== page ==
Following the annual BTA Conference, Edwin Lampert from Riviera Maritime wrote an article on the presentation by Clydeport’s Charlie Simcox regarding the role of ports and tug operators in shipping’s decarbonisation efforts. The BTA extends its gratitude to the speakers and Edwin for their expertise and professionalism, which contributed to the success of the conference.

Charlie Simcox – Clydeport

Ports face mounting pressure to reduce emissions, but cannot drive the transition alone, one of the UK’s largest port authorities told the 100 delegates at this year’s British Tugowners Association Annual Conference in Glasgow.

“We are all in it together,” Clydeport senior manager marine operations Charlie Simcox said. Ports might be in the vanguard of maritime decarbonisation, but the transition brings hurdles that can only be overcome through collaboration, and tug operators have their role to play.

Port authorities are aiming to reposition themselves as renewable energy hubs, providing offshore wind energy and offering shore power, low-carbon hydrogen and electric charging. Scottish ports, in particular, will be an essential provider of these green services. At the same time, ports are having to “step forward amid ambiguity” and pursue sustainability targets despite uncertainty around future fuels, as markets remain undecided whether electricity, methanol, ammonia or other options will dominate.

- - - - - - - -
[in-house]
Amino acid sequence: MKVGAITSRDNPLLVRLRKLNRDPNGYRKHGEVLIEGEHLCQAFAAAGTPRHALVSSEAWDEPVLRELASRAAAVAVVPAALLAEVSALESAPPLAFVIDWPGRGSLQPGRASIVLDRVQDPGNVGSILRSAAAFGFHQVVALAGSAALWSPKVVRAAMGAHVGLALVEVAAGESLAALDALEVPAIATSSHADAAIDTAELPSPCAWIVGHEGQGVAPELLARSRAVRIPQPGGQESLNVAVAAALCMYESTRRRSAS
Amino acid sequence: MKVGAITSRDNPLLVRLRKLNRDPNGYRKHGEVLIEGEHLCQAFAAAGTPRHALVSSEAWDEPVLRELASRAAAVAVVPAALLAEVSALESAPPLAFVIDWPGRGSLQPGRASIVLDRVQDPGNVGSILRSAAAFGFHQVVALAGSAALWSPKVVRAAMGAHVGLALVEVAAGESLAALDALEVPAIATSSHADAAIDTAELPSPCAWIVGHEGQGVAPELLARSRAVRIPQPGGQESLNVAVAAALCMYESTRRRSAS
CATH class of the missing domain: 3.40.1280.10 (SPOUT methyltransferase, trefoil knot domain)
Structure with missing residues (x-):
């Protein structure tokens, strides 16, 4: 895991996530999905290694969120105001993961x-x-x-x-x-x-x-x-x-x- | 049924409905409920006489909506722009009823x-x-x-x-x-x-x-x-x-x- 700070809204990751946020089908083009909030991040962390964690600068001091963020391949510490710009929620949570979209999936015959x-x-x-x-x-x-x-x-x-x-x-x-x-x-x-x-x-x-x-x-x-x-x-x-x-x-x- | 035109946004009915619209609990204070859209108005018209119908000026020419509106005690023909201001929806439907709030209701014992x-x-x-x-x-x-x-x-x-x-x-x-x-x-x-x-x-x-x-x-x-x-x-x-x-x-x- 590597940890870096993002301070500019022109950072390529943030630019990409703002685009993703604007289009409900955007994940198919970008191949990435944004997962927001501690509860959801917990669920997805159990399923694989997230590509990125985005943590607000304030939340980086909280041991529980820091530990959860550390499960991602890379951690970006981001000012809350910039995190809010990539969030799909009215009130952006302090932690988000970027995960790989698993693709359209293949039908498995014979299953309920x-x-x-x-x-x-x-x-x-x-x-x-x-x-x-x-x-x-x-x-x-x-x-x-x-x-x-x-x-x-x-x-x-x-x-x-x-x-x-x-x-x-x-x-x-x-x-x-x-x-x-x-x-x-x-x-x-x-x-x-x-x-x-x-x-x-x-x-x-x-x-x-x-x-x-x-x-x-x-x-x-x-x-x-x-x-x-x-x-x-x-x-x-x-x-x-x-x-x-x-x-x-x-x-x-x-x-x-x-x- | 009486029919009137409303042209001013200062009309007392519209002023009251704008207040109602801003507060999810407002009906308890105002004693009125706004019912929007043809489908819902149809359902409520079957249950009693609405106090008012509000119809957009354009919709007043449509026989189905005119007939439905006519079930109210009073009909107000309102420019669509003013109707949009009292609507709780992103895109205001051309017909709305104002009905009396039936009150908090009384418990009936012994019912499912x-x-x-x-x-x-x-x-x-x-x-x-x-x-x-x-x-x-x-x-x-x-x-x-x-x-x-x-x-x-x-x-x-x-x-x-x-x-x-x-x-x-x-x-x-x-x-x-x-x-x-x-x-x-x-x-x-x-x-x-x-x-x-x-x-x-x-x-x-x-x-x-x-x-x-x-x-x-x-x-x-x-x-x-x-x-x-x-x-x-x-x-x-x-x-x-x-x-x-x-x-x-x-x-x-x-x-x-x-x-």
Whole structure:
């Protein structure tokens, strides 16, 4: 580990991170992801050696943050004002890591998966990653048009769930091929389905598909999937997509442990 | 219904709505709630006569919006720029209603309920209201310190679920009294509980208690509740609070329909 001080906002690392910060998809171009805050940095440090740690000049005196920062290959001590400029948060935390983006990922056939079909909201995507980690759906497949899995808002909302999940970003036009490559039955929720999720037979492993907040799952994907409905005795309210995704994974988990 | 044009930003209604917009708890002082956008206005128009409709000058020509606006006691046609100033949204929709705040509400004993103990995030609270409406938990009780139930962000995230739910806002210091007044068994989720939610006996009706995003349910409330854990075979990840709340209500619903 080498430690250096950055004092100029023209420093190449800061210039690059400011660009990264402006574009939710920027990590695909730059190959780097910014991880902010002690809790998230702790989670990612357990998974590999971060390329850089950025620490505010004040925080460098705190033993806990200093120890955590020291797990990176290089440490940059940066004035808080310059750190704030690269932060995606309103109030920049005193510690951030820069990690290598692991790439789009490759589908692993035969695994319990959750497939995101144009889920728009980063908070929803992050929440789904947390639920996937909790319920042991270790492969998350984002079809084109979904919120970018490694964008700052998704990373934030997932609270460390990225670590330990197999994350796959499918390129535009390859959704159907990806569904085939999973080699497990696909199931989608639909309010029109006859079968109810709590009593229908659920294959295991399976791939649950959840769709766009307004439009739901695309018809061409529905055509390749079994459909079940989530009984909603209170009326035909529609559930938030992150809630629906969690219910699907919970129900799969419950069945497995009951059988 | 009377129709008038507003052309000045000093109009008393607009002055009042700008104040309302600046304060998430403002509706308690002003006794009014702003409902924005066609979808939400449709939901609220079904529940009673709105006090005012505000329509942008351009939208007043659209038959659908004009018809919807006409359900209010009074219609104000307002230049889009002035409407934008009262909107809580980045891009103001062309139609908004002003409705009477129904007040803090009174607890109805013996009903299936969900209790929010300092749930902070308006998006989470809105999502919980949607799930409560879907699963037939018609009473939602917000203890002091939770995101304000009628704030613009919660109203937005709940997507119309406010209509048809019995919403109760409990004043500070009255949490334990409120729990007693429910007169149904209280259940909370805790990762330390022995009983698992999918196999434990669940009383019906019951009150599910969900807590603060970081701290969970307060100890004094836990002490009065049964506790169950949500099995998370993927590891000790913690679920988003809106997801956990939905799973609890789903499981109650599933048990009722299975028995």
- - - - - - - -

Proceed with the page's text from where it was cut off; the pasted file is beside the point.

To date, Clydeport has focused on “tackling the small stuff,” such as switching vehicles to electric power. Major emissions sources like ships require joint action, and engaging shipping lines on reducing scope 3 emissions is critical. Or as Mr Simcox put it more starkly, “Port efforts will be wasted unless others in the supply chain decarbonise”.

Aligning port investments such as shore power with tug capabilities is an essential component, Mr Simcox told the conference. By strategically aligning port investments with the expertise of tug operators, ports can redefine their environmental impact and set a powerful precedent for sustainable port operations.

While there are challenges, growth opportunities are emerging, especially in offshore wind support. Ports are well positioned as staging locations for fabrication, assembly and transporting wind components. Floating turbine technologies are also offering additional prospects. The availability of funding, such as the £260M (US$337M) announced by the UK government, will also be instrumental in driving progress.

“Scottish ports are especially well positioned when it comes to hydrogen and offshore wind, making them ideal candidates for future growth,” Mr Simcox said.

The article can be found on Riviera’s website here – Riviera – News Content Hub – Tug operators are vital partners in port decarbonisation (

With gratitude to Edwin Lampert and Riviera for granting permission to the BTA to publish the article.